The legislation states only that “no European company (SE) may deprive employees of their right to participate in that company or deny them that right” (Para 19). However, in contrast to the situation in some member states, it does not indicate how this might occur or how it might be ascertained that this had occurred.
Structural change is not referred to.
The legislation makes no references to structural changes which might require an existing European company to renegotiate its agreement on employee involvement.
No concern expressed by either employers or unions.
The European company legislation has not provoked any concern in Cyprus, either on the part of the unions or the employers.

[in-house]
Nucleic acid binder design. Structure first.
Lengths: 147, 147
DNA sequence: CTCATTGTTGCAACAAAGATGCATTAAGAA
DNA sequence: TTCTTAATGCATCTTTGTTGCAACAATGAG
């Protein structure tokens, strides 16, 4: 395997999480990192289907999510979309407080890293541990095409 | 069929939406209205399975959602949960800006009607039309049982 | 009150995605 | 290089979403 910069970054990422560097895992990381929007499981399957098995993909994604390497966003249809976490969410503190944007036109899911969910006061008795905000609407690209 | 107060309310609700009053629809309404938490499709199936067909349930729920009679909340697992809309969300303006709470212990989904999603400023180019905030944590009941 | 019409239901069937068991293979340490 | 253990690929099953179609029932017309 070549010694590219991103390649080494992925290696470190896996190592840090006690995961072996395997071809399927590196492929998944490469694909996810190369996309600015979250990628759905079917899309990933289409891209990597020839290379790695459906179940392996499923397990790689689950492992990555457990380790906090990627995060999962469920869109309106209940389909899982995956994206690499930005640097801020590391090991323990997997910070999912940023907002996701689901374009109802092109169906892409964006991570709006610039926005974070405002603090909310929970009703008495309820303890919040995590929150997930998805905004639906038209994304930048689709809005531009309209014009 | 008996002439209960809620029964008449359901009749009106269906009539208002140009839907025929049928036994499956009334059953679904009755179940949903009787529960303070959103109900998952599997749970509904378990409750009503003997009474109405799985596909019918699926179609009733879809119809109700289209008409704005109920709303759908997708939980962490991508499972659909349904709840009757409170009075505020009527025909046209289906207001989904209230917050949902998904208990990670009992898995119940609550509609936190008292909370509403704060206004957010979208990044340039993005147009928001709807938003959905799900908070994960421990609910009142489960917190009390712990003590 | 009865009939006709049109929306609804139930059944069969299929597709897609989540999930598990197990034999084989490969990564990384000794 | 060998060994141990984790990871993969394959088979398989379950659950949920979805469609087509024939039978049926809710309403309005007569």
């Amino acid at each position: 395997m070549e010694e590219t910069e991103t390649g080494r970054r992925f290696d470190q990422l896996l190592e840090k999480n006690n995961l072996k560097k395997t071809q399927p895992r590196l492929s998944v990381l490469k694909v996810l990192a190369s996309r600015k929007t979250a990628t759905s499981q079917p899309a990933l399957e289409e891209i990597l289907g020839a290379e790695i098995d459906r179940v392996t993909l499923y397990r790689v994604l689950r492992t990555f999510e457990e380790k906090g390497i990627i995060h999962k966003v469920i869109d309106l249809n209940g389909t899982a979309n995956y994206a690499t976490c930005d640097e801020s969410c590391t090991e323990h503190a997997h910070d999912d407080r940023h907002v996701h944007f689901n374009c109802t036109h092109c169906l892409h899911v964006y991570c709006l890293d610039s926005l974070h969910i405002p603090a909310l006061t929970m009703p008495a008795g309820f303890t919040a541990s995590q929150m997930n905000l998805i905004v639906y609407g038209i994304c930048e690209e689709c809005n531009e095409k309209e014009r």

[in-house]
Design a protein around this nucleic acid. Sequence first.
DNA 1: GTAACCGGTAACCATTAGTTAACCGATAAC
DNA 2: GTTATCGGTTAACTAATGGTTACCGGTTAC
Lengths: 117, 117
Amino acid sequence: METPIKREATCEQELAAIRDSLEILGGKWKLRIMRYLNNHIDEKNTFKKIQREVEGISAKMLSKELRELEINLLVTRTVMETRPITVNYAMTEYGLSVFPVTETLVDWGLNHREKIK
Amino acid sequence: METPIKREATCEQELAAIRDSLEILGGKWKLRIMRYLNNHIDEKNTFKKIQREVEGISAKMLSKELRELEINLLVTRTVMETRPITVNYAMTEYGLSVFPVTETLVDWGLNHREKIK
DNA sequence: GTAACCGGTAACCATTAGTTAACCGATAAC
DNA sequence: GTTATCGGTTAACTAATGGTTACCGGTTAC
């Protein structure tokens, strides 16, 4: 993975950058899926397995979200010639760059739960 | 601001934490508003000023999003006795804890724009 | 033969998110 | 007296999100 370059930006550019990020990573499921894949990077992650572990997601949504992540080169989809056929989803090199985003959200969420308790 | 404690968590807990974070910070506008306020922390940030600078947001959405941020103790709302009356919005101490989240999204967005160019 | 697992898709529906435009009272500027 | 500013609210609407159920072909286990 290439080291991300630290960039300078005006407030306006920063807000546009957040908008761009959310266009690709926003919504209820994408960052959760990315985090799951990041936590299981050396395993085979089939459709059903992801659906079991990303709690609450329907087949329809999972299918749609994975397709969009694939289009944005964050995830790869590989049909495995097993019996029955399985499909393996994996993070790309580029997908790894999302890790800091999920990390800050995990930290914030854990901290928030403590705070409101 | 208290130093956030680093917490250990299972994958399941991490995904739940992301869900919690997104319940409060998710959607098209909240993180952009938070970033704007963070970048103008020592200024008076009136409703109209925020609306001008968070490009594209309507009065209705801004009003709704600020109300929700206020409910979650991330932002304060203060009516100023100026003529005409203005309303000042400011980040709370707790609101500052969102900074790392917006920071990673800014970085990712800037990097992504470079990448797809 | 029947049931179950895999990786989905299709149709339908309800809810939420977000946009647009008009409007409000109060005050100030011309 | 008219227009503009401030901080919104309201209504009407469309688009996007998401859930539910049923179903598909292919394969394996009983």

L. Fulton (2008) Anchoring the European Company in National Law - Country Overviews (online publication, prepared for worker-participation.eu)
Dr Christos A. Ioannou (CIRN, Athens University of Economics and Business)
Late in 2004 Cyprus joined the group of Member States which have transposed the SE Directive. As regards transposition, it is worth describing the process by which social-policy and employment-related legislation is formulated. In preparation for implementing Regulation 2157/2001 and transposing Directive 2001/86/EU, the Department of Industrial Relations at the Ministry of Labour drafted a law in the summer of 2004.
The draft law was introduced for a first reading in the Tripartite Advisory Committee (Ergatiko Symvouleytiko Soma) – which incorporates the main social partner representatives – early in September 2004. After going through the Tripartite Advisory Committee the draft law was submitted for scrutiny by the legal service and a proposal was subsequently submitted to the Council of Ministers. The Council of Ministers endorsed the draft law and forwarded it to the Parliament. The Law was accepted in one of the last parliamentary sessions of 2004.